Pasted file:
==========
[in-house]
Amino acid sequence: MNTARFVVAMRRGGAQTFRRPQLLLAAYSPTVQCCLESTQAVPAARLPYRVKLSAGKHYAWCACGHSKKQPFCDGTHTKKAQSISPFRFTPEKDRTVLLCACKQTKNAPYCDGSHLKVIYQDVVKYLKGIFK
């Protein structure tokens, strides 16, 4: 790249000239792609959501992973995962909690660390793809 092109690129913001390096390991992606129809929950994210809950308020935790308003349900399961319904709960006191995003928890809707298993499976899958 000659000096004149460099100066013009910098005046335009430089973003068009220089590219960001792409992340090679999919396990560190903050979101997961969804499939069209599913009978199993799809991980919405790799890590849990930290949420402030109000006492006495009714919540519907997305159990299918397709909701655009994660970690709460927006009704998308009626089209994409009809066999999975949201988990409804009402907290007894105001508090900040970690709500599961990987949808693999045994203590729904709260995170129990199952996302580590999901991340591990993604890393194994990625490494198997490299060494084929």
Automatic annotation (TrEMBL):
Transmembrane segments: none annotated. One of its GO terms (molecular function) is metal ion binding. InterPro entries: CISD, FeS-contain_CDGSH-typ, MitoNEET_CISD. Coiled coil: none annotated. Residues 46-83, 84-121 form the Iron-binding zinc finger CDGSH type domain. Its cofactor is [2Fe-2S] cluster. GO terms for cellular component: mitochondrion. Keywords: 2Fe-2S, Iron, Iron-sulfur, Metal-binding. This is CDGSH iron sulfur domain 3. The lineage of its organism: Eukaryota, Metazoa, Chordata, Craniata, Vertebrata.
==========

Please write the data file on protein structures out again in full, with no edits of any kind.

[in-house]
Amino acid sequence: MNTARFVVAMRRGGAQTFRRPQLLLAAYSPTVQCCLESTQAVPAARLPYRVKLSAGKHYAWCACGHSKKQPFCDGTHTKKAQSISPFRFTPEKDRTVLLCACKQTKNAPYCDGSHLKVIYQDVVKYLKGIFK
């Protein structure tokens, strides 16, 4: 790249000239792609959501992973995962909690660390793809 092109690129913001390096390991992606129809929950994210809950308020935790308003349900399961319904709960006191995003928890809707298993499976899958 000659000096004149460099100066013009910098005046335009430089973003068009220089590219960001792409992340090679999919396990560190903050979101997961969804499939069209599913009978199993799809991980919405790799890590849990930290949420402030109000006492006495009714919540519907997305159990299918397709909701655009994660970690709460927006009704998308009626089209994409009809066999999975949201988990409804009402907290007894105001508090900040970690709500599961990987949808693999045994203590729904709260995170129990199952996302580590999901991340591990993604890393194994990625490494198997490299060494084929």
Automatic annotation (TrEMBL):
Transmembrane segments: none annotated. One of its GO terms (molecular function) is metal ion binding. InterPro entries: CISD, FeS-contain_CDGSH-typ, MitoNEET_CISD. Coiled coil: none annotated. Residues 46-83, 84-121 form the Iron-binding zinc finger CDGSH type domain. Its cofactor is [2Fe-2S] cluster. GO terms for cellular component: mitochondrion. Keywords: 2Fe-2S, Iron, Iron-sulfur, Metal-binding. This is CDGSH iron sulfur domain 3. The lineage of its organism: Eukaryota, Metazoa, Chordata, Craniata, Vertebrata.